LLC Electing to be Taxed as a Corporation: Everything You Need to Know
An LLC electing to be taxed as a corporation is quite common, particularly for those LLCs electing to be taxed as an S corp.3 min read
An LLC electing to be taxed as a corporation is quite common, particularly for those LLCs electing to be taxed as an S corp. Since an LLC has great flexibility in terms of its management structure, it can choose to be taxed in various ways.
An LLC, or limited liability company, is authorized by state statute. Therefore, depending on the state in which you choose to register your LLC, there will be certain requirements that must be met when forming your business.
An LLC operates similarly to a corporation as it offers limited liability to its owners; this means that the owners of the business cannot be held personally liable for any money that the LLC owes to third parties. This means that their personal assets, i.e. car, home, bank accounts, etc., are protected.
If an LLC doesn’t elect to be taxed as a C corporation, then it will operate as a pass-through tax entity, meaning that all profits and losses of the business are passed through to the owners who report it on their individual income tax returns.
If the LLC elects to be taxed as a C corp, then it will need to pay corporate income taxes as well as personal income taxes for the shareholders who received dividends from the business. Therefore, the business will incur double taxation. But if the LLC elects to be taxed as an S corp, it will continue to pass the profits to the owners.
Electing Corporation Taxation
An LLC can elect to be taxed as a corporation, partnership, or sole proprietorship. Keep in mind that the Internal Revenue Service (IRS) doesn’t recognize the LLC as a taxable entity. By default, the LLC is taxed in one of two ways (depending on if you operate a single-member or multi-member LLC). If you operate a single-member LLC, then you will be automatically considered a disregarded entity and taxed as a sole proprietorship.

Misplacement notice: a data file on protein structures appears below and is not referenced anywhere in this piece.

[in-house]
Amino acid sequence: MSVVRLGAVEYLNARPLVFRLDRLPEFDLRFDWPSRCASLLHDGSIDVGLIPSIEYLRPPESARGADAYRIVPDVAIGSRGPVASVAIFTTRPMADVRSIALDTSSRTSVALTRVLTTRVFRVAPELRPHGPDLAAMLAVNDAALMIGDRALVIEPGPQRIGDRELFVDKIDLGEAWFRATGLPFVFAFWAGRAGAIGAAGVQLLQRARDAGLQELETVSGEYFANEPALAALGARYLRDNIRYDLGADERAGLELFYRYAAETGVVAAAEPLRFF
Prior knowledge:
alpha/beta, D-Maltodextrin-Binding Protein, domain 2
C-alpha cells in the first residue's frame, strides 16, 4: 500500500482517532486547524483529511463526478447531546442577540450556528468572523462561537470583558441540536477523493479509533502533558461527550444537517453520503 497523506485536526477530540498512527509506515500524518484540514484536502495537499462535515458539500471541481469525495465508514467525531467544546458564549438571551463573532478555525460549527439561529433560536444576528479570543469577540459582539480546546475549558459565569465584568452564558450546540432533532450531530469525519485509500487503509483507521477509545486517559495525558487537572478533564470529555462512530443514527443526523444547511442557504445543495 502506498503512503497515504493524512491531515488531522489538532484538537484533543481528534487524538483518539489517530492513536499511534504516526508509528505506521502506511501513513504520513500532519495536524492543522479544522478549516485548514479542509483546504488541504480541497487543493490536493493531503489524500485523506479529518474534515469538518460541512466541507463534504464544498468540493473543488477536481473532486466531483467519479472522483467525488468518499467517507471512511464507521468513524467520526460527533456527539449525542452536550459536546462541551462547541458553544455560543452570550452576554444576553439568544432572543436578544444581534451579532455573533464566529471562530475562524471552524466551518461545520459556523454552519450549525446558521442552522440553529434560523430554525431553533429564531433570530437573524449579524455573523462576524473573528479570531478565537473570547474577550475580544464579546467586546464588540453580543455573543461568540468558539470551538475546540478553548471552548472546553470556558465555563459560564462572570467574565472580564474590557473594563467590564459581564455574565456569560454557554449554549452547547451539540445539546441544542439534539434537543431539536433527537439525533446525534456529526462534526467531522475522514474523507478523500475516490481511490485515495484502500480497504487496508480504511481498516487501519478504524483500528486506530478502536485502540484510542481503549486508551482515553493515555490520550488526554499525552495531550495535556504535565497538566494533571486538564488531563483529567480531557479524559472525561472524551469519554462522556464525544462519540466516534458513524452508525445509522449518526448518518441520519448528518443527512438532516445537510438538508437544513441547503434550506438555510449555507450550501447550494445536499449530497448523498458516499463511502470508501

A multi-member LLC is automatically taxed as a partnership; the business will file an information return on Form 1065 and also draft Schedule K-1s for each member. This schedule reports how much money the member will identify on his or her personal income tax return. However, additional LLC tax options exist. Particularly, the LLC can choose to be taxed as a corporation. Remember that the LLC can be taxed as an S or C corp.
Advantages of Being Taxed as a Corporation
There are several advantages to being taxed as a corporation, including the following:
- Reduced taxes
- Not having to include all profits from the business on the personal tax return
- Reduced payroll taxes
Generally, the LLC will elect to be taxed as the type of structure that can provide for the lowest tax implications. Notably, the high-end of the personal tax rate for a sole proprietorship and partnership is even higher than a corporation. So if your taxable income, also referred to as your adjusted gross income, is high, then you should ensure that your business profits aren’t included in your personal income taxes. Therefore, having your business taxed as a corporation will provide you with a better outcome and lower tax implications.
Another benefit of having your business taxed as a corporation is the fact that not all of the business income needs to be reported on your personal tax return. In fact, S corporations can separate the owners from the business, which allows the owners to also be employees of the LLC. If the member also operates as an employee, then he or she will need to earn a reasonable compensation. The compensation paid to the member will be taxed at the personal tax rate, and will also have Social Security and Medicare taxes taken out. While such taxes are taken out, the compensation itself is not subject to self-employment taxes, which are much higher.
Disadvantages of Being Taxed as a Corporation
One of the biggest disadvantages of being taxed as a corporation is the potential for being double-taxed; this occurs only if you choose to elect status as a C corporation. Therefore, if you want to be taxed as an S corp, you will need to indicate as such.
Before you choose which type of tax election you will make, think about the benefits and drawbacks of electing tax status with each type. You could even speak to a tax professional who can assist.
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